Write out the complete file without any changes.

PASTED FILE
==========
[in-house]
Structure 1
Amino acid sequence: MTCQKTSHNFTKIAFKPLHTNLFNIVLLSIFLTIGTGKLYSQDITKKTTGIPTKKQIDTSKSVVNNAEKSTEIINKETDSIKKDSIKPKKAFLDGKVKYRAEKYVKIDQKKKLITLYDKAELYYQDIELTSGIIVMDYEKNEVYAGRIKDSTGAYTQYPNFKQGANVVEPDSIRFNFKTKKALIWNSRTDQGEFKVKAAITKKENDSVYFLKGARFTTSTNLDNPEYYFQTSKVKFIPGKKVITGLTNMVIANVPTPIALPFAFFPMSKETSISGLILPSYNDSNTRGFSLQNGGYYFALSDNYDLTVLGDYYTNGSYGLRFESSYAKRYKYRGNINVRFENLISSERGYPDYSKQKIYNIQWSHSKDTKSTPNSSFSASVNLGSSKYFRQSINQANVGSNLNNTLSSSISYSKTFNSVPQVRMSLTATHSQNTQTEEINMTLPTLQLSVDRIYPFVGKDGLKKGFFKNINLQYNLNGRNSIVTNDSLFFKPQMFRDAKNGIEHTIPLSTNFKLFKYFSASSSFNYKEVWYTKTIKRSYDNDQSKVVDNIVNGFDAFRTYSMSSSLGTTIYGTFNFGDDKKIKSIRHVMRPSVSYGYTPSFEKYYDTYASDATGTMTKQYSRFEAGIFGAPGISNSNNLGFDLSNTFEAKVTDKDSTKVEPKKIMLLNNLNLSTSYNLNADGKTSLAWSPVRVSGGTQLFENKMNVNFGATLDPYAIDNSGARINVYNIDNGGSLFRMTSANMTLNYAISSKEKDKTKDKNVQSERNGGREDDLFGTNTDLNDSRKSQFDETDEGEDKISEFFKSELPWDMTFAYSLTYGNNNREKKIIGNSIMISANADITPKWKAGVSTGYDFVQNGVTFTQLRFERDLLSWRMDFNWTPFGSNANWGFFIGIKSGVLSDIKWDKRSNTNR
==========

[in-house]
Structure 1
Amino acid sequence: MTCQKTSHNFTKIAFKPLHTNLFNIVLLSIFLTIGTGKLYSQDITKKTTGIPTKKQIDTSKSVVNNAEKSTEIINKETDSIKKDSIKPKKAFLDGKVKYRAEKYVKIDQKKKLITLYDKAELYYQDIELTSGIIVMDYEKNEVYAGRIKDSTGAYTQYPNFKQGANVVEPDSIRFNFKTKKALIWNSRTDQGEFKVKAAITKKENDSVYFLKGARFTTSTNLDNPEYYFQTSKVKFIPGKKVITGLTNMVIANVPTPIALPFAFFPMSKETSISGLILPSYNDSNTRGFSLQNGGYYFALSDNYDLTVLGDYYTNGSYGLRFESSYAKRYKYRGNINVRFENLISSERGYPDYSKQKIYNIQWSHSKDTKSTPNSSFSASVNLGSSKYFRQSINQANVGSNLNNTLSSSISYSKTFNSVPQVRMSLTATHSQNTQTEEINMTLPTLQLSVDRIYPFVGKDGLKKGFFKNINLQYNLNGRNSIVTNDSLFFKPQMFRDAKNGIEHTIPLSTNFKLFKYFSASSSFNYKEVWYTKTIKRSYDNDQSKVVDNIVNGFDAFRTYSMSSSLGTTIYGTFNFGDDKKIKSIRHVMRPSVSYGYTPSFEKYYDTYASDATGTMTKQYSRFEAGIFGAPGISNSNNLGFDLSNTFEAKVTDKDSTKVEPKKIMLLNNLNLSTSYNLNADGKTSLAWSPVRVSGGTQLFENKMNVNFGATLDPYAIDNSGARINVYNIDNGGSLFRMTSANMTLNYAISSKEKDKTKDKNVQSERNGGREDDLFGTNTDLNDSRKSQFDETDEGEDKISEFFKSELPWDMTFAYSLTYGNNNREKKIIGNSIMISANADITPKWKAGVSTGYDFVQNGVTFTQLRFERDLLSWRMDFNWTPFGSNANWGFFIGIKSGVLSDIKWDKRSNTNR